Since spiders love narrow places they can crawl into, some feel most comfortable in old empty CD cases. Others, like the Banded Huntsman Spider, love to sit on bits of old plastic plant pots. “This is the reason I started to collect old plant pots. But they have to be a dark colour, preferably black. The spiders don’t like white ones,” Zoo keeper Joe, said.
Even the enormous Burrowing Cockroaches live here - deep down in the soil in containers where it is warm and dark.
Joe holds one 10cm cockroach on his hand. “They live in the dark and get stressed very easily. I only take them out when it’s really necessary”. For this reason the same cockroach is not taken out again until it is ‘ready’. Just like the Sydney Funnel-web Spiders which get lots of time off after they represent their species at the daily Spider Talk which is hugely popular with kids.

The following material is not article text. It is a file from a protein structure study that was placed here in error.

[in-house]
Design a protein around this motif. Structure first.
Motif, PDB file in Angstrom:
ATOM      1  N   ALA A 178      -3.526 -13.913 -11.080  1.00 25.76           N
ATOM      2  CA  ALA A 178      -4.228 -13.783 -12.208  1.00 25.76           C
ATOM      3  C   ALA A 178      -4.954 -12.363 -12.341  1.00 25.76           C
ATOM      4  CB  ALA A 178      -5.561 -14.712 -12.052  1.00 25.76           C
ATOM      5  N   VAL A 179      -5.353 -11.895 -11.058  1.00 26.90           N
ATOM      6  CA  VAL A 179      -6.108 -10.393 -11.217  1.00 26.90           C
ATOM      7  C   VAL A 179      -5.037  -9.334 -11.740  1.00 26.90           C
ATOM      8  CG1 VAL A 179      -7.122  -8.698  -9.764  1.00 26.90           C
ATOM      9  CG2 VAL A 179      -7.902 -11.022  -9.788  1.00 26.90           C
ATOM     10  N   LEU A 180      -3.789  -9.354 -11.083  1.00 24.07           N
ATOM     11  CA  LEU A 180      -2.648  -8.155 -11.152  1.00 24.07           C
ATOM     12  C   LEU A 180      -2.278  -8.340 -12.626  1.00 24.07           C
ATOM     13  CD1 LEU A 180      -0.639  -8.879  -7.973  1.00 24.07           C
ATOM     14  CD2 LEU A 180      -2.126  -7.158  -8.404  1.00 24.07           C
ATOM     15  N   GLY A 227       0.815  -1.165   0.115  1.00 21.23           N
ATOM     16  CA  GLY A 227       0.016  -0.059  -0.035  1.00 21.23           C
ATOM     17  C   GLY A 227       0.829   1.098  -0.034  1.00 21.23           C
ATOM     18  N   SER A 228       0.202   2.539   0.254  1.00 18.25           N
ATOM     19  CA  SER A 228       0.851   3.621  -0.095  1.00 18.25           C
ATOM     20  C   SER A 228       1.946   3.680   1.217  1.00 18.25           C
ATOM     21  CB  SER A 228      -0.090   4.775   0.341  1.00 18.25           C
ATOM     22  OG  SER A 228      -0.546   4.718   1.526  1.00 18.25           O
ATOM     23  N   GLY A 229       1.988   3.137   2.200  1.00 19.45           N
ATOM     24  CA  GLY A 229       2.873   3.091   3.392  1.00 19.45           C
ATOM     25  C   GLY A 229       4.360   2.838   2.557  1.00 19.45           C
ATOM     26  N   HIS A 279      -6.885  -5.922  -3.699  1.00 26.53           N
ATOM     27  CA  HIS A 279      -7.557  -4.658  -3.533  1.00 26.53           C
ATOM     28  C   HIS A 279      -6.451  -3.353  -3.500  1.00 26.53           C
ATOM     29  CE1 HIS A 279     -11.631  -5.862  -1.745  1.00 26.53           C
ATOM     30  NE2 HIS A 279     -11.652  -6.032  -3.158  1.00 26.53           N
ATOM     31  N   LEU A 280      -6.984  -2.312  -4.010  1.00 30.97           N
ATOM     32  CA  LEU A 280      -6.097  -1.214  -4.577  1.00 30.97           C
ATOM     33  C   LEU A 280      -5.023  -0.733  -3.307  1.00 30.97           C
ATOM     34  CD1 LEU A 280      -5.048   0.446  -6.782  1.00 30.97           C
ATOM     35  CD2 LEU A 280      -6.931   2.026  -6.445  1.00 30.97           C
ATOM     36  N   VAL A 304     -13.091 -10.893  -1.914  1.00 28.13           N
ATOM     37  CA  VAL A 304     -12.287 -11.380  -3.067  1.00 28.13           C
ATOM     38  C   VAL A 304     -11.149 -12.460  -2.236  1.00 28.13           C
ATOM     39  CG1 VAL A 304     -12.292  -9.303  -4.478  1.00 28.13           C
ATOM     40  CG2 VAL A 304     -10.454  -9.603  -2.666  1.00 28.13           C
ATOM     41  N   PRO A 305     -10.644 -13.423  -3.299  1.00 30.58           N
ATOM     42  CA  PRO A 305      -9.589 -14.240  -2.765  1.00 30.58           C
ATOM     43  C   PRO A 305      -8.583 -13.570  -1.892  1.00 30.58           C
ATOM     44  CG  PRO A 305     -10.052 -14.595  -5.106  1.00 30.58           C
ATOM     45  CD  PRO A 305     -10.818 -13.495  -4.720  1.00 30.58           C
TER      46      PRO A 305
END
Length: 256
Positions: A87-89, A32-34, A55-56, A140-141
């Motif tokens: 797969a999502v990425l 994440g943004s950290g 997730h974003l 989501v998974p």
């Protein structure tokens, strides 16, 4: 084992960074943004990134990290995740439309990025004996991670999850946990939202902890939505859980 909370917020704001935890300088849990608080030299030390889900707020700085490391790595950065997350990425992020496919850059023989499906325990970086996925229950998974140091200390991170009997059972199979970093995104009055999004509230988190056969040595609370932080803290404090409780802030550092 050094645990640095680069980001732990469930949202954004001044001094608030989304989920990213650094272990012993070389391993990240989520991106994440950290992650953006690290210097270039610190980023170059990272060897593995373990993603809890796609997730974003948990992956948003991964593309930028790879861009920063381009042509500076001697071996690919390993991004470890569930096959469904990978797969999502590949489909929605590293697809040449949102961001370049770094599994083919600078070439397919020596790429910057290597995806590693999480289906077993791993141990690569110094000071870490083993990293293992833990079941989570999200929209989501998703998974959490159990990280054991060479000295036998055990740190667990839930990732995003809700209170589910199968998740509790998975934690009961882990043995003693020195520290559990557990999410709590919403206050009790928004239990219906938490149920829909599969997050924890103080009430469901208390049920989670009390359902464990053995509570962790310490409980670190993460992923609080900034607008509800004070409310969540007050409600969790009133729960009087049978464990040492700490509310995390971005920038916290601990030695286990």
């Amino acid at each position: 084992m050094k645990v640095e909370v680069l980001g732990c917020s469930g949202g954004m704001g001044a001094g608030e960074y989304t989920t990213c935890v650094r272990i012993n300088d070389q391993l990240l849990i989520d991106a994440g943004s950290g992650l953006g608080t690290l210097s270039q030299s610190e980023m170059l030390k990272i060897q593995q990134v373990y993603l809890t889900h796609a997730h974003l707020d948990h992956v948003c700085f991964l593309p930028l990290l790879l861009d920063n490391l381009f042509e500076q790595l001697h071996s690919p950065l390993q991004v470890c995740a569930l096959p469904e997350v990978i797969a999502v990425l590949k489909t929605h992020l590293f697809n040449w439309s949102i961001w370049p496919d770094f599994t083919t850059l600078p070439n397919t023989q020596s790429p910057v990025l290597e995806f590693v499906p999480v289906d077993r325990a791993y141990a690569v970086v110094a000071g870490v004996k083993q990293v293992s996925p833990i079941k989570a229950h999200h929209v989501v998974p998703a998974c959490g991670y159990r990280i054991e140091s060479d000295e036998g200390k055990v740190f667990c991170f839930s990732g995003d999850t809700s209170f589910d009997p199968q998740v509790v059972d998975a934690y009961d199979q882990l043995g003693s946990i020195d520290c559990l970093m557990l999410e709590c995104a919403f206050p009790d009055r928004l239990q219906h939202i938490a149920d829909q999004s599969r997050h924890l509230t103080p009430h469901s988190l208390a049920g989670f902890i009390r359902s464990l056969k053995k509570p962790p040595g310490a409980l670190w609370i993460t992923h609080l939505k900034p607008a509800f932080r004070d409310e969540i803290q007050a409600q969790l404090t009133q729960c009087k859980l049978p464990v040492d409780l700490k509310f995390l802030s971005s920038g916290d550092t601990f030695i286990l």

Giant Burrowing Cockroaches can weigh up to 35g and measure 80mm long. Their Latin name, Macropanesthia rhinoceros, means they’re also called the Rhinoceros Cockroach. True to their name, they can burrow up to a metre underground to make a nest. Like 97% of the animals on the planet, spiders and Burrowing Cockroaches are invertebrates, which means ‘without a backbone’. It is incredible that all other animals, the vertebrates, for example mammals, only make up 3% of all known animal species.
Burrowing Cockroaches play an interesting role being Australia’s largest cockroach. They can live up to 10 years and feed on dead leaves, performing an important ecological role in recycling nutrients in our forests. They actually have their skeletons on the outside. This so-called ‘exoskeleton’ does not grow with the body. It has to be discarded occasionally which leaves the cockroach behind in a pale beige colour. After about 12 strip offs in a year or two, a cockroach is grown up. Joe is taking care of the mother cockroaches and their ‘offspring’ until they’re ready to be shown to the public.
For now, there’s only one Burrowing Cockroach on display at Taronga Zoo. A little hidden crawly treasure whose species has existed for 250 million years. If they could speak, they probably had the most fascinating stories to tell.
Ramona Pradella, Media Intern